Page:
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Law School ML graduate, candidate making waves as entrepreneurs with innovative startups

March 12, 2020

A recent graduate and a current student in the University of Pennsylvania Carey Law School’s Master in Law degree program have put their legal educations to good use and have been recognized for their accomplishments in their respective fields of expertise. Dr. Kiran Musunuru ML’19 has launched a groundbreaking company poised to lead a new path to fighting heart disease, while Jehan Luth ML’20 claimed the grand prize in the Developers Challenge at the 2019 ATL Cyber-FinTech Global Innovation Challenge for his innovative startup that helps reach consumers with recalled product information.

Both innovators recently presented 15-minute flash presentations at “Law 2030: A Global Conversation About the Future of the Profession,” a two-day conference at the Pennovation Center that brought together leaders in the law, health care experts, and innovators from across a wide range of disciplines to discuss change in the legal profession.

“I am really proud we have been expanding our education for non-lawyers through the ML program,” said Ted Ruger, Dean of the Law School and Bernard G. Segal Professor of Law, after hearing these presentations. “The general trend, which is good both for legal education and for the country, is that law schools are educating people outside the JD program, recognizing, as these brilliant thinkers have illustrated, how so many other fields intersect with law. It’s a great thing for law and it’s a great point of connection and innovation.”

Verve Therapeutics

Dr. Kiran Musunuru ML’19Dr. Kiran Musunuru ML’19Last May, as co-founder and scientific advisor, Musunuru launched Verve Therapeutics with $58.5 million in financing from GV (previously Google Ventures), ARCH Venture Partners, F-Prime Capital, and Biomatics Capital. With a laboratory base at the Pennovation Center, Verve is dedicated to using gene editing, a technique that rewrites DNA in our bodies, to combat heart disease.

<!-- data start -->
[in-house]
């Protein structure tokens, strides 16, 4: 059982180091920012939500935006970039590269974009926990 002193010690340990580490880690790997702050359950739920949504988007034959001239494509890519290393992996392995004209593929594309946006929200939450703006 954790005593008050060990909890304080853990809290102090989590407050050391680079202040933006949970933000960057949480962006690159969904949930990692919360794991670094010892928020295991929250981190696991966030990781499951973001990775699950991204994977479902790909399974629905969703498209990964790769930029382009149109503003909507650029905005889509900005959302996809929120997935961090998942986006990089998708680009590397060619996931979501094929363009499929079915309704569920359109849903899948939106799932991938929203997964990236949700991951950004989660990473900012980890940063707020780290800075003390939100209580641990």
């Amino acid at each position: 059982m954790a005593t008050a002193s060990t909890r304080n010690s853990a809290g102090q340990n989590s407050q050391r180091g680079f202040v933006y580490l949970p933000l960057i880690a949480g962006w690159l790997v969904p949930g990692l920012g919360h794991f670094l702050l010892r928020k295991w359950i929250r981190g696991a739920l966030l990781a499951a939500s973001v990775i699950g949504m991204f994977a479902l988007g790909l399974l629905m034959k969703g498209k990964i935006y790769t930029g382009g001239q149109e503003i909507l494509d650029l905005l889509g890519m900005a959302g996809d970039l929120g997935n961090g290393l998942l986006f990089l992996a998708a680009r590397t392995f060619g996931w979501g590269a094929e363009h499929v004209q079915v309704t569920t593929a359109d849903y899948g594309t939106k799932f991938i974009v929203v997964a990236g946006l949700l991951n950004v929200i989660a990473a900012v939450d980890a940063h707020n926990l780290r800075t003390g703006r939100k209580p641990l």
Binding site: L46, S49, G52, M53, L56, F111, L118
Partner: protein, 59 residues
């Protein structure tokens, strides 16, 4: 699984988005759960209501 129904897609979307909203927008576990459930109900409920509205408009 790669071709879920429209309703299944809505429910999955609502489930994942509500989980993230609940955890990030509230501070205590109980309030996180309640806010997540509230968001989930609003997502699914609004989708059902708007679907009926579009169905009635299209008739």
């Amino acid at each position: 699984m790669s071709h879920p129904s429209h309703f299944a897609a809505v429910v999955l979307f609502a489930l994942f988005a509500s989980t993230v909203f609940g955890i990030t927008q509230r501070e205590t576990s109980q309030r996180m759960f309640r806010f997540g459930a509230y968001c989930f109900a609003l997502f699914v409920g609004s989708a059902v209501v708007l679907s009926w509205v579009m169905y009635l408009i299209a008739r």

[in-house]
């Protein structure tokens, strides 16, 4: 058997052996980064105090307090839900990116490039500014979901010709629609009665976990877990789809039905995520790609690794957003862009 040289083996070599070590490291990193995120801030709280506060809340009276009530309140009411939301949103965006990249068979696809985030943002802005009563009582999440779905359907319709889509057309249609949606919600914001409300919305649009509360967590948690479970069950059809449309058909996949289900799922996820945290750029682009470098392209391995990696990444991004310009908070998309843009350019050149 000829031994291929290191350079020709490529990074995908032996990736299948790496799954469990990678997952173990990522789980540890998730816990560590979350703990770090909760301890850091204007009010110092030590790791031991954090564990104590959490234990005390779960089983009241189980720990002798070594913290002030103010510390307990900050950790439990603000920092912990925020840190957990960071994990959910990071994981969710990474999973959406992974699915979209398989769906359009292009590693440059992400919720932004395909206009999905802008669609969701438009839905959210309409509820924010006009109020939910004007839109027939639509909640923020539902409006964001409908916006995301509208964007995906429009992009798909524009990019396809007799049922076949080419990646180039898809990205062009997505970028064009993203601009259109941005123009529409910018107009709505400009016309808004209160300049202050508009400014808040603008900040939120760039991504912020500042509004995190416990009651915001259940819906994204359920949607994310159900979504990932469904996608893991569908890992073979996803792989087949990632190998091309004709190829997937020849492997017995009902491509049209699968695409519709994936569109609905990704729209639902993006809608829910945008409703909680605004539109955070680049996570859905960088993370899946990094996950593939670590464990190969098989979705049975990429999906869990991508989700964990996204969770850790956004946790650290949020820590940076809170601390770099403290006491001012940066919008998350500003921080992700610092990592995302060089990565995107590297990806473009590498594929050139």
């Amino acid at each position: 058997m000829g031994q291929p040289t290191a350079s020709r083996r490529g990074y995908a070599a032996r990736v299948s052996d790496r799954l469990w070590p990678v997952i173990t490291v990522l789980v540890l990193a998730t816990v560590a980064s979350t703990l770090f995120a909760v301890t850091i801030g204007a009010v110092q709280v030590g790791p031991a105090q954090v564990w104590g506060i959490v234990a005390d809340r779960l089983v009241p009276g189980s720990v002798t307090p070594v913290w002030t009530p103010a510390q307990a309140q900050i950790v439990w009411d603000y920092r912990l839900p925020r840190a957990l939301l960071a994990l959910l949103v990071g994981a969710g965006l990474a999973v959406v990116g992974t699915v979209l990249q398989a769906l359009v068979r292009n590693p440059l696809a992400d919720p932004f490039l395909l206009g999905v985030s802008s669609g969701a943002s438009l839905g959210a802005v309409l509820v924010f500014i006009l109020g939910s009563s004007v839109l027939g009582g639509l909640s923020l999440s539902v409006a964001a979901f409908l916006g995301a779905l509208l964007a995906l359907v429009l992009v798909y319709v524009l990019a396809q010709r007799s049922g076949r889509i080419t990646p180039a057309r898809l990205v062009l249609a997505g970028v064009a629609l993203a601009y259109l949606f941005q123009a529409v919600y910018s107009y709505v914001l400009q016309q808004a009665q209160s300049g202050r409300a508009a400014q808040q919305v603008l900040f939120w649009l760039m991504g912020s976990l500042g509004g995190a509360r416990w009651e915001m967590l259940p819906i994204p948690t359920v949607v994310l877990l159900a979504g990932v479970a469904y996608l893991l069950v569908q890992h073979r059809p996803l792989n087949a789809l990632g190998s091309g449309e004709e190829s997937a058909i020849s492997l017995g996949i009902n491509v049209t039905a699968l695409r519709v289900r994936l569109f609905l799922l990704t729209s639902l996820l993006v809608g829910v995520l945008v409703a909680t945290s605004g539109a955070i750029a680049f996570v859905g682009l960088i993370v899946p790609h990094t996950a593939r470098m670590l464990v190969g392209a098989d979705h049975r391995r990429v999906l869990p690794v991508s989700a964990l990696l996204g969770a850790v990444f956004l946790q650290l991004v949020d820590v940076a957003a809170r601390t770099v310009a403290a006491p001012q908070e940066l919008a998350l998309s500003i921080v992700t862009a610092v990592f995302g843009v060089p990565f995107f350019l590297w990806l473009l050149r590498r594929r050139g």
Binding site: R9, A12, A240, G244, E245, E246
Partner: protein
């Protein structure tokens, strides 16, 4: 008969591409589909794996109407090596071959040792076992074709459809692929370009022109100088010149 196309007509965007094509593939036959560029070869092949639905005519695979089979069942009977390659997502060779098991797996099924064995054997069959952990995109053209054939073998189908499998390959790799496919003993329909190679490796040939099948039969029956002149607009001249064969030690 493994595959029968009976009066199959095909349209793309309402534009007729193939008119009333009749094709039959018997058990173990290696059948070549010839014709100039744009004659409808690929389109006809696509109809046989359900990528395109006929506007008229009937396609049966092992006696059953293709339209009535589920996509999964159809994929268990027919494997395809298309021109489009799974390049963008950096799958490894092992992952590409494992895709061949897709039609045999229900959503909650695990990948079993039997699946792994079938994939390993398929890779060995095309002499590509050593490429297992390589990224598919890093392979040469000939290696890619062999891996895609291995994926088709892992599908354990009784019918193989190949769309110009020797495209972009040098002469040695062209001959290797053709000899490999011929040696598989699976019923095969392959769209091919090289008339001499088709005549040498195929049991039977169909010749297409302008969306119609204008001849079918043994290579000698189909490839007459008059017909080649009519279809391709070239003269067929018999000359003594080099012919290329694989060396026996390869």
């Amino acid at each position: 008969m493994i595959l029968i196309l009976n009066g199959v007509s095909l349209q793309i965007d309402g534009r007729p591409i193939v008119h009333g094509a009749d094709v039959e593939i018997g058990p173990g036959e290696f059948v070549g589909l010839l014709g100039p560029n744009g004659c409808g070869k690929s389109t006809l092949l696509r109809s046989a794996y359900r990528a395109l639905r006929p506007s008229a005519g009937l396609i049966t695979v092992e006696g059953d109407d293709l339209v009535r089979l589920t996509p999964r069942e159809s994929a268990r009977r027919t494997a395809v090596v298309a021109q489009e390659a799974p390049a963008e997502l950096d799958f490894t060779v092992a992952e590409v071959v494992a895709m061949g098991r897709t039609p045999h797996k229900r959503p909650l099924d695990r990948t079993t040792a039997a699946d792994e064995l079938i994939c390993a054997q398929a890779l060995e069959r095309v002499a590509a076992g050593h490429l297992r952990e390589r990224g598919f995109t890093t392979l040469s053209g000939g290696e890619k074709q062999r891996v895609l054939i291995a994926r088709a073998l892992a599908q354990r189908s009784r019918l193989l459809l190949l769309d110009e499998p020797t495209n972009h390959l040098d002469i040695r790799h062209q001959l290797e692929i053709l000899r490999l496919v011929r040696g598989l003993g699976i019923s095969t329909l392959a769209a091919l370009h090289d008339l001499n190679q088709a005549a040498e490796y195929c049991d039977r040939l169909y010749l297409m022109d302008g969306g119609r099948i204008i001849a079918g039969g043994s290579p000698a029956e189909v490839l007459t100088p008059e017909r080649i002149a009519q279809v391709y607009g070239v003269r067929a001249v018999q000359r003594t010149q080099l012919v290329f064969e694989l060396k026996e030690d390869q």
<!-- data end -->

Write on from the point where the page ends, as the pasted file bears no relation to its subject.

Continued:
Musunuru conducted much of the preclinical work on a naturally occurring gene variant that lowers the risk of coronary artery disease in his lab on campus. With this research, Musunuru hopes to develop protective gene editing therapies for people at risk of the disease that could help safely reduce cholesterol and otherwise help prevent and treat heart disease.

At Law 2030, Musunuru presented, “Using Gene Editing to Eradicate Heart Disease, the #1 Killer,” about his work at Verve, which grew from a small laboratory at the Pennovation Center. Musunuru spoke of a future world with a “once-and-done gene editing therapy” administered through a “vaccination-style strategy” to the general population that could significantly lower heart disease rates and dramatically increase life expectancy.

“Learning about business law, regulatory law, and intellectual property law through the Penn Law Master in Law program was enormously useful in better understanding how to translate research from my academic laboratory to a company with the resources to develop it into a therapy that will benefit humankind,” said Musunuru.

Musunuru is an associate professor of cardiovascular medicine and genetics at Penn’s Perelman School of Medicine. Verve has established collaborations with Beam Therapeutics in Cambridge, Massachusetts and license agreements with the Broad Institute of Harvard University and the Massachusetts Institute of Technology as well as with Harvard.


Jehan Luth ML’20Jehan Luth ML’20In September 2019, Luth, CEO and founder of RotoMaire, was awarded the $10,000 grand prize in the Developers Challenge at the 2019 ATL Cyber-FinTech Global Innovation Challenge. The competition was co-sponsored by Sertainty and Atlanta Tech Park, and the six finalists were assigned the task of incorporating Sertainty UXP Technology into their projects.

RotoMaire provides a product recall platform that allows retailers and distributors to communicate directly with consumers. As part of the challenge, the company used the Sertainty Workflow Data Protector and Software Developer’s Kit to integrate a security system that protects sensitive data.

At Law 2030, Luth presented, “Better Connecting Manufacturers of Recalled Goods with Consumers” and spoke about the unfortunate, personal event that led to the idea for his company, which was a car accident in which a child was injured because she came unbuckled from a car seat that Luth later learned had been recalled six months prior.

Along with praise for Penn Law’s Master in Law program, Luth emphasized the importance of innovators making an effort to understand the legal framework around privacy and data. “We were able to find a solution to a complicated problem by relying on knowing the law around data, which is very important.”

Luth issued a call to action to other innovators as well.

“Learn the law,” he said. “Learn what you can do, and learn what you should be doing, and then innovate around it.”

Luth also holds a Master of Public Health from the University of Pennsylvania School of Medicine.